Freedom March from Daily Nebraskan on Vimeo.
The 2011 U.S. Department of State’s annual Trafficking in Persons Report states there are more than 27 million people enslaved around the world.
To help bring awareness to the issue, members of the Nebraska University Students Against Modern Day Slavery are holding a freedom march on April 18 beginning at 4:30 p.m. in front of the Nebraska Union. Students and guest speakers will march to the State Capitol.
Four guests will join the freedom marchers on the steps of the State Capitol: Kristy Childs, a human trafficking survivor, will share her personal story; Paul Yates, director of involvement for Tiny Hands International; Lincoln Sen. Amanda McGill; and UNL professor Ron Hampton. Tiny Hands is dedicated to intercepting girls being trafficked across the Nepal/India border. McGill introduced LB1145 to strengthen Nebraska's laws that address human trafficking. Dr. Hampton has been working in the area of human trafficking over the past four years in Kiev, Russia, on various funded projects.
Sriyani Tidball, an advertising and public relations professor who helped to co-found NUSAMS, said the students want to demonstrate that slavery will not be tolerated.
"We want to educate the public and Nebraska's elected legislators on the importance of making Nebraska a Slave FREE state," Tidball said. Students have been working since January to organize the event.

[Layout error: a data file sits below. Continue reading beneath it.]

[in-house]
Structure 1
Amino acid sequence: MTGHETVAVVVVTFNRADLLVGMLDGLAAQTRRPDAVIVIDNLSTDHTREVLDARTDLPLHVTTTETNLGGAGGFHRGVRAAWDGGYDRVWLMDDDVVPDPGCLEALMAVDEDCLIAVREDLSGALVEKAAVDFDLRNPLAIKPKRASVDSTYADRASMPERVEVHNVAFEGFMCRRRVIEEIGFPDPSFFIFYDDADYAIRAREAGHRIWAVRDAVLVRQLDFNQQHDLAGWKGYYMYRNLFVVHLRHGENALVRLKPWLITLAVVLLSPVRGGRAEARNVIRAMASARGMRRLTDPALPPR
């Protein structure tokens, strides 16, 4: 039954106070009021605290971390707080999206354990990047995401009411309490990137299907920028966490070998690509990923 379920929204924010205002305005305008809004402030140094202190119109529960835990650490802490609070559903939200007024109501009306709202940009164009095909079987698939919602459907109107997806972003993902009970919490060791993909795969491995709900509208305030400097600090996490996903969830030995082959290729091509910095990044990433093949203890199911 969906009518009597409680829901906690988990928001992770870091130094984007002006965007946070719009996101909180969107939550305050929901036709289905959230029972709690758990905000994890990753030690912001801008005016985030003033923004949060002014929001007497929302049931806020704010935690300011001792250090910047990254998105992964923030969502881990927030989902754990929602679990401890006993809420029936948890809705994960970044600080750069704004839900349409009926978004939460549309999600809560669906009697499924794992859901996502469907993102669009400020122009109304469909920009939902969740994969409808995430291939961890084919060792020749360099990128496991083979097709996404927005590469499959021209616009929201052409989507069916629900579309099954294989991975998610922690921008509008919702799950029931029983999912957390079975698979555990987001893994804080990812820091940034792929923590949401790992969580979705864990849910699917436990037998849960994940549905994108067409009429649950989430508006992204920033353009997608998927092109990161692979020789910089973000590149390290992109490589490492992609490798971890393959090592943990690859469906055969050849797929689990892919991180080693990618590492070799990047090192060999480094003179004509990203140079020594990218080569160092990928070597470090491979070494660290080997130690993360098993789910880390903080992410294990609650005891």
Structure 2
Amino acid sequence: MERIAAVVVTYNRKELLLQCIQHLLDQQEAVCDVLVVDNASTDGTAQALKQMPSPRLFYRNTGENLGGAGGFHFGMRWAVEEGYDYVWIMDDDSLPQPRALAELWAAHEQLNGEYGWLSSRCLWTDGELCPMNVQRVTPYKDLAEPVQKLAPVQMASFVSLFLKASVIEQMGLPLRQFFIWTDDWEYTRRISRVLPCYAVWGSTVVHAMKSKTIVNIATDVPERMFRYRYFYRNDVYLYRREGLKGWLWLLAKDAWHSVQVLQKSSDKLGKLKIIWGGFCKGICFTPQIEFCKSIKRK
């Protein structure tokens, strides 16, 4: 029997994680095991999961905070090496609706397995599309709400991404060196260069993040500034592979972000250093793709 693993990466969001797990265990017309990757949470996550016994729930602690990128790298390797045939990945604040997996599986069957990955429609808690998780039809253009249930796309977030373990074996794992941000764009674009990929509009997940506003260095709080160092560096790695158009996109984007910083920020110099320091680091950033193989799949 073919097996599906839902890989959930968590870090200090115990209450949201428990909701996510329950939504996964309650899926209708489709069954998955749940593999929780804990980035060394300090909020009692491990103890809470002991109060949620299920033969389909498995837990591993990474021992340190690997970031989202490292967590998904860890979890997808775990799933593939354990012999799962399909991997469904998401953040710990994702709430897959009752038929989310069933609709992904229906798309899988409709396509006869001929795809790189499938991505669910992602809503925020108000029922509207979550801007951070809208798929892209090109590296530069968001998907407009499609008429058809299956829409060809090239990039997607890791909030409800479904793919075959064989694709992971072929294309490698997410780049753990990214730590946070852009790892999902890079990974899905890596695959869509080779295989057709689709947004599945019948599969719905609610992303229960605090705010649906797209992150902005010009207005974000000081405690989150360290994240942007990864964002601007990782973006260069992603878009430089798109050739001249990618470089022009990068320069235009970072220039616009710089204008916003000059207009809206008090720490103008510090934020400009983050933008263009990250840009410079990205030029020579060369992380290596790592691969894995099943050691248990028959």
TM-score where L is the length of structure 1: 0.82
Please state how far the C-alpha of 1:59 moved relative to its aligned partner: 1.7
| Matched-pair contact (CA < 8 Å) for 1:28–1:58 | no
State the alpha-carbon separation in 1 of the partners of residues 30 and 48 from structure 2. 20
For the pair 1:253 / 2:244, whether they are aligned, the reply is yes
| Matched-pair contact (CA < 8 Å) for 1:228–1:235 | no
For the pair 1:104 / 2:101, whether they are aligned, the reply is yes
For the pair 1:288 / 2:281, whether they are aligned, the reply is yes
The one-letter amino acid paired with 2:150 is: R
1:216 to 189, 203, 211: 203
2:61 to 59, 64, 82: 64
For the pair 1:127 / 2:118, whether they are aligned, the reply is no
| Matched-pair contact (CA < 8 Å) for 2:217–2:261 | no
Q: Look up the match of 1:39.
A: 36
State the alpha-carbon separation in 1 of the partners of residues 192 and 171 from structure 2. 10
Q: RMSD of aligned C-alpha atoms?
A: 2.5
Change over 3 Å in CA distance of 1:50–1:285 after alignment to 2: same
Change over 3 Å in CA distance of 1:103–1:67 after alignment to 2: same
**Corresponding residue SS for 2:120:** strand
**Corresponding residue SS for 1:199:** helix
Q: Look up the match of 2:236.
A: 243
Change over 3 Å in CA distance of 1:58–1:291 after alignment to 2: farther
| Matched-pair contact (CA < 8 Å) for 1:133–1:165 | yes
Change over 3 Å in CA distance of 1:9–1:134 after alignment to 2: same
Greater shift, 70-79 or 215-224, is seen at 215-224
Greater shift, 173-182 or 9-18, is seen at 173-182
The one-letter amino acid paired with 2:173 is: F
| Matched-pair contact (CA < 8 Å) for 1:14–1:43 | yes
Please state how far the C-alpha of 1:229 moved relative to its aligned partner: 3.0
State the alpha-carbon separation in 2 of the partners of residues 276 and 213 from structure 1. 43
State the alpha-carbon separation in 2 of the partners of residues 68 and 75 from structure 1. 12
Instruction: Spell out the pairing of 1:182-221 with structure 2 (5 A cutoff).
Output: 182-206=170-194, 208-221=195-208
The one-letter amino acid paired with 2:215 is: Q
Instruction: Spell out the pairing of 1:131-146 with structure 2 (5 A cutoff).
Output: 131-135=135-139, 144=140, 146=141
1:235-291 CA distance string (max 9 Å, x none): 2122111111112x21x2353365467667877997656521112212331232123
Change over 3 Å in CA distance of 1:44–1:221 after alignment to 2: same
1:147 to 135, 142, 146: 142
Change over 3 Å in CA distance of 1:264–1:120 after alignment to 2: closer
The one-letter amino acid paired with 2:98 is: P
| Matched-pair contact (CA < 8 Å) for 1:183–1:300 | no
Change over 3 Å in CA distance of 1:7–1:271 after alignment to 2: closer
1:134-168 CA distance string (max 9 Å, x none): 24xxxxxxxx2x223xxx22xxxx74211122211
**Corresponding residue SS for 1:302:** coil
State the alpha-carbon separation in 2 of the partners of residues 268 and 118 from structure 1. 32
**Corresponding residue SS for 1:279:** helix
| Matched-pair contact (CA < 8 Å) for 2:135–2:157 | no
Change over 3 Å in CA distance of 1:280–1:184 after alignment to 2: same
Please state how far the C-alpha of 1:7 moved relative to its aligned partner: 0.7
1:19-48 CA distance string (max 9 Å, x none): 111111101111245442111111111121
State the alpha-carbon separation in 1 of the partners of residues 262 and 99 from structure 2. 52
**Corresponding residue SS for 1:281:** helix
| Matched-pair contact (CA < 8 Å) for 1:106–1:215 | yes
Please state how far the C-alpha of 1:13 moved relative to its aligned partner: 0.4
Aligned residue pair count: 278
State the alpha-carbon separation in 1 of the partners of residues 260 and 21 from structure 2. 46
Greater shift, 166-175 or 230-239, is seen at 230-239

UNL joins other universities that are sponsoring similar campus events. Ryan King, an activist and co-founder of the Justice Project, sponsored a Modern Day Slavery event at Oakland University on March 8. The Justice Project is a nonprofit based in Europe and works against human trafficking.
“When we started the organization in 2006,” King said, “the figures estimated 4 million children under the age of 14 globally in human trafficking … five years later, and that number is at 13 million and growing … and we aren’t even talking about the whole number, just children.”
NUSAMS is an officially recognized student organization of the University of Nebraska-Lincoln. The group is composed of passionate students wanting to end human trafficking in Nebraska.
For more information on the event please contact Sriyani Tidball at (402) 472-3041 or email@example.com.
About Human Trafficking
The United Nations defines human trafficking as “The recruitment, transportation, transfer, harboring or receipt of persons, by means of the threat or use of force or other forms of coercion, of abduction, of fraud, of deception, of the abuse of power or of a position of vulnerability or of the giving or receiving of payments or benefits to achieve the consent of a person having control over another person, for the purpose of exploitation."